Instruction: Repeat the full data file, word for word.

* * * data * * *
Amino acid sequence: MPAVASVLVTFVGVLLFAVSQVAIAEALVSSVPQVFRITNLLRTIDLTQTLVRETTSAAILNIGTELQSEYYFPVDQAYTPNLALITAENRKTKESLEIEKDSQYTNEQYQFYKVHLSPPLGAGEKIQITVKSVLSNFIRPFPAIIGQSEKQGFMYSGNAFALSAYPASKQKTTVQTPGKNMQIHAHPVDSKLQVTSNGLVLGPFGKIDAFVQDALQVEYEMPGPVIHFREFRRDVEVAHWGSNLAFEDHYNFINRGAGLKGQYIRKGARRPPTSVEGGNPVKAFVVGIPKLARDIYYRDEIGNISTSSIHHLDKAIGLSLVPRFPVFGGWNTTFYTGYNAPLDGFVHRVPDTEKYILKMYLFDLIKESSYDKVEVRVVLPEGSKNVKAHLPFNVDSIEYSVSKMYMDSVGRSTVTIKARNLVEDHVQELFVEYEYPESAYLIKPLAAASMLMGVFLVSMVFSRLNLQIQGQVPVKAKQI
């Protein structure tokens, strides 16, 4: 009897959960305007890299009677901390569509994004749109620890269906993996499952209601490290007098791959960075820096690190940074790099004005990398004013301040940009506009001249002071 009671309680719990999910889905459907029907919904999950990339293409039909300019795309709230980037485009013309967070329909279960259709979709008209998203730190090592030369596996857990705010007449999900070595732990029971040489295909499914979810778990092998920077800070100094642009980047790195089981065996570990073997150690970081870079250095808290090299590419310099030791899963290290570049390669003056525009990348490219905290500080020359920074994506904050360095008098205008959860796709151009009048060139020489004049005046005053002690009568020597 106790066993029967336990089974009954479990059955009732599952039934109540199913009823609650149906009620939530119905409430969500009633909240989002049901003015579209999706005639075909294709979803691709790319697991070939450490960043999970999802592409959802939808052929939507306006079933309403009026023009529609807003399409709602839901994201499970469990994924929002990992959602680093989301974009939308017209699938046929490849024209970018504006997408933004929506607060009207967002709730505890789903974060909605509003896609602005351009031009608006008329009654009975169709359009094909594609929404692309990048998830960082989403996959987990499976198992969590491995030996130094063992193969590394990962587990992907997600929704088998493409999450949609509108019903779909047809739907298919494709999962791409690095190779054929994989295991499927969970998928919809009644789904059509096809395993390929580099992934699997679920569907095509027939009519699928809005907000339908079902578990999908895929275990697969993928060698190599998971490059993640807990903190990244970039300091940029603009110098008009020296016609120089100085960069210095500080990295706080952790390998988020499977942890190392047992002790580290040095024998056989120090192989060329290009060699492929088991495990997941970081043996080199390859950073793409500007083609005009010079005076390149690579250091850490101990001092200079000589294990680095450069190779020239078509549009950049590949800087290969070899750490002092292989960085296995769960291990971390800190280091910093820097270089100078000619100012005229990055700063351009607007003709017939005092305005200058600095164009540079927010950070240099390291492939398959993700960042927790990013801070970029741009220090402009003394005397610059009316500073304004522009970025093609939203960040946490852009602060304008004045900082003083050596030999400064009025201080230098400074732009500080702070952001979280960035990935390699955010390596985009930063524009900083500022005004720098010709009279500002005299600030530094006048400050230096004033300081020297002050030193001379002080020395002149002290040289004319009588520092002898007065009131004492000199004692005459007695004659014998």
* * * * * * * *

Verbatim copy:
Amino acid sequence: MPAVASVLVTFVGVLLFAVSQVAIAEALVSSVPQVFRITNLLRTIDLTQTLVRETTSAAILNIGTELQSEYYFPVDQAYTPNLALITAENRKTKESLEIEKDSQYTNEQYQFYKVHLSPPLGAGEKIQITVKSVLSNFIRPFPAIIGQSEKQGFMYSGNAFALSAYPASKQKTTVQTPGKNMQIHAHPVDSKLQVTSNGLVLGPFGKIDAFVQDALQVEYEMPGPVIHFREFRRDVEVAHWGSNLAFEDHYNFINRGAGLKGQYIRKGARRPPTSVEGGNPVKAFVVGIPKLARDIYYRDEIGNISTSSIHHLDKAIGLSLVPRFPVFGGWNTTFYTGYNAPLDGFVHRVPDTEKYILKMYLFDLIKESSYDKVEVRVVLPEGSKNVKAHLPFNVDSIEYSVSKMYMDSVGRSTVTIKARNLVEDHVQELFVEYEYPESAYLIKPLAAASMLMGVFLVSMVFSRLNLQIQGQVPVKAKQI
């Protein structure tokens, strides 16, 4: 009897959960305007890299009677901390569509994004749109620890269906993996499952209601490290007098791959960075820096690190940074790099004005990398004013301040940009506009001249002071 009671309680719990999910889905459907029907919904999950990339293409039909300019795309709230980037485009013309967070329909279960259709979709008209998203730190090592030369596996857990705010007449999900070595732990029971040489295909499914979810778990092998920077800070100094642009980047790195089981065996570990073997150690970081870079250095808290090299590419310099030791899963290290570049390669003056525009990348490219905290500080020359920074994506904050360095008098205008959860796709151009009048060139020489004049005046005053002690009568020597 106790066993029967336990089974009954479990059955009732599952039934109540199913009823609650149906009620939530119905409430969500009633909240989002049901003015579209999706005639075909294709979803691709790319697991070939450490960043999970999802592409959802939808052929939507306006079933309403009026023009529609807003399409709602839901994201499970469990994924929002990992959602680093989301974009939308017209699938046929490849024209970018504006997408933004929506607060009207967002709730505890789903974060909605509003896609602005351009031009608006008329009654009975169709359009094909594609929404692309990048998830960082989403996959987990499976198992969590491995030996130094063992193969590394990962587990992907997600929704088998493409999450949609509108019903779909047809739907298919494709999962791409690095190779054929994989295991499927969970998928919809009644789904059509096809395993390929580099992934699997679920569907095509027939009519699928809005907000339908079902578990999908895929275990697969993928060698190599998971490059993640807990903190990244970039300091940029603009110098008009020296016609120089100085960069210095500080990295706080952790390998988020499977942890190392047992002790580290040095024998056989120090192989060329290009060699492929088991495990997941970081043996080199390859950073793409500007083609005009010079005076390149690579250091850490101990001092200079000589294990680095450069190779020239078509549009950049590949800087290969070899750490002092292989960085296995769960291990971390800190280091910093820097270089100078000619100012005229990055700063351009607007003709017939005092305005200058600095164009540079927010950070240099390291492939398959993700960042927790990013801070970029741009220090402009003394005397610059009316500073304004522009970025093609939203960040946490852009602060304008004045900082003083050596030999400064009025201080230098400074732009500080702070952001979280960035990935390699955010390596985009930063524009900083500022005004720098010709009279500002005299600030530094006048400050230096004033300081020297002050030193001379002080020395002149002290040289004319009588520092002898007065009131004492000199004692005459007695004659014998």